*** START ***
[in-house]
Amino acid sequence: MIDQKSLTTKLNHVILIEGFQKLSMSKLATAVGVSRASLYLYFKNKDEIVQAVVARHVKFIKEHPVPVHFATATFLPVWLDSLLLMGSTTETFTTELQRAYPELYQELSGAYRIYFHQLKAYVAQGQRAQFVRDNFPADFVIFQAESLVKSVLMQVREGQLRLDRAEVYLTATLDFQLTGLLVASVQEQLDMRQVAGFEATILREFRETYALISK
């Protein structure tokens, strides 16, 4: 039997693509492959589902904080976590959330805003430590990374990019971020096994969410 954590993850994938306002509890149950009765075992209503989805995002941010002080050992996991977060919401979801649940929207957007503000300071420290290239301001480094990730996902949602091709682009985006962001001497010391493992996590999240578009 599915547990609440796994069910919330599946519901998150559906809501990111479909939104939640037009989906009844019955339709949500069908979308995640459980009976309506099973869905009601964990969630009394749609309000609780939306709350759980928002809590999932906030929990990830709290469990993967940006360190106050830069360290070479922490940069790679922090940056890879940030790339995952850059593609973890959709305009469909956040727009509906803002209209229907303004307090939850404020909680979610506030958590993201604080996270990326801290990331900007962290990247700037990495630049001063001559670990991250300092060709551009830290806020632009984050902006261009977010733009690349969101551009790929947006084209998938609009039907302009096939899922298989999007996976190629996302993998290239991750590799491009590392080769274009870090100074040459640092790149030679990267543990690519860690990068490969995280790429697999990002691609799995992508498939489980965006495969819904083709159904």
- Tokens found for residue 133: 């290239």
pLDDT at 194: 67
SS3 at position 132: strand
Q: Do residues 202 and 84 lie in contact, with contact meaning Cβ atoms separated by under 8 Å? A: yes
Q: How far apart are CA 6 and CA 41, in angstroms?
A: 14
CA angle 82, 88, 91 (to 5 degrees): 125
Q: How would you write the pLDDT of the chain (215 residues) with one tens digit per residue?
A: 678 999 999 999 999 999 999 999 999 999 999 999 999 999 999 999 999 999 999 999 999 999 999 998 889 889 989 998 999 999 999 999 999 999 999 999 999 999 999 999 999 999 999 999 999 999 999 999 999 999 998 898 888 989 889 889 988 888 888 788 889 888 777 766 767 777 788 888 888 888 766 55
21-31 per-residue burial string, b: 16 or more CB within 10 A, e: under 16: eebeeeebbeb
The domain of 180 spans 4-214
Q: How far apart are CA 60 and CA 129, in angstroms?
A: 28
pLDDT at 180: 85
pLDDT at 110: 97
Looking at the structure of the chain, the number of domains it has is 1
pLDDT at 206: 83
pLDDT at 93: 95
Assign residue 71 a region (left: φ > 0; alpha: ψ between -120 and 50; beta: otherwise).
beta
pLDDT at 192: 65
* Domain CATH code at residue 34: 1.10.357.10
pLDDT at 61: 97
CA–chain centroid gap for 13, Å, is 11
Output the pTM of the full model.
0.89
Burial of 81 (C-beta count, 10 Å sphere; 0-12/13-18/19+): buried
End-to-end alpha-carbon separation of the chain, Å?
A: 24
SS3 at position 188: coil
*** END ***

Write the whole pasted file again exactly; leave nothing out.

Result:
[in-house]
Amino acid sequence: MIDQKSLTTKLNHVILIEGFQKLSMSKLATAVGVSRASLYLYFKNKDEIVQAVVARHVKFIKEHPVPVHFATATFLPVWLDSLLLMGSTTETFTTELQRAYPELYQELSGAYRIYFHQLKAYVAQGQRAQFVRDNFPADFVIFQAESLVKSVLMQVREGQLRLDRAEVYLTATLDFQLTGLLVASVQEQLDMRQVAGFEATILREFRETYALISK
């Protein structure tokens, strides 16, 4: 039997693509492959589902904080976590959330805003430590990374990019971020096994969410 954590993850994938306002509890149950009765075992209503989805995002941010002080050992996991977060919401979801649940929207957007503000300071420290290239301001480094990730996902949602091709682009985006962001001497010391493992996590999240578009 599915547990609440796994069910919330599946519901998150559906809501990111479909939104939640037009989906009844019955339709949500069908979308995640459980009976309506099973869905009601964990969630009394749609309000609780939306709350759980928002809590999932906030929990990830709290469990993967940006360190106050830069360290070479922490940069790679922090940056890879940030790339995952850059593609973890959709305009469909956040727009509906803002209209229907303004307090939850404020909680979610506030958590993201604080996270990326801290990331900007962290990247700037990495630049001063001559670990991250300092060709551009830290806020632009984050902006261009977010733009690349969101551009790929947006084209998938609009039907302009096939899922298989999007996976190629996302993998290239991750590799491009590392080769274009870090100074040459640092790149030679990267543990690519860690990068490969995280790429697999990002691609799995992508498939489980965006495969819904083709159904």
- Tokens found for residue 133: 């290239």
pLDDT at 194: 67
SS3 at position 132: strand
Q: Do residues 202 and 84 lie in contact, with contact meaning Cβ atoms separated by under 8 Å? A: yes
Q: How far apart are CA 6 and CA 41, in angstroms?
A: 14
CA angle 82, 88, 91 (to 5 degrees): 125
Q: How would you write the pLDDT of the chain (215 residues) with one tens digit per residue?
A: 678 999 999 999 999 999 999 999 999 999 999 999 999 999 999 999 999 999 999 999 999 999 999 998 889 889 989 998 999 999 999 999 999 999 999 999 999 999 999 999 999 999 999 999 999 999 999 999 999 999 998 898 888 989 889 889 988 888 888 788 889 888 777 766 767 777 788 888 888 888 766 55
21-31 per-residue burial string, b: 16 or more CB within 10 A, e: under 16: eebeeeebbeb
The domain of 180 spans 4-214
Q: How far apart are CA 60 and CA 129, in angstroms?
A: 28
pLDDT at 180: 85
pLDDT at 110: 97
Looking at the structure of the chain, the number of domains it has is 1
pLDDT at 206: 83
pLDDT at 93: 95
Assign residue 71 a region (left: φ > 0; alpha: ψ between -120 and 50; beta: otherwise).
beta
pLDDT at 192: 65
* Domain CATH code at residue 34: 1.10.357.10
pLDDT at 61: 97
CA–chain centroid gap for 13, Å, is 11
Output the pTM of the full model.
0.89
Burial of 81 (C-beta count, 10 Å sphere; 0-12/13-18/19+): buried
End-to-end alpha-carbon separation of the chain, Å?
A: 24
SS3 at position 188: coil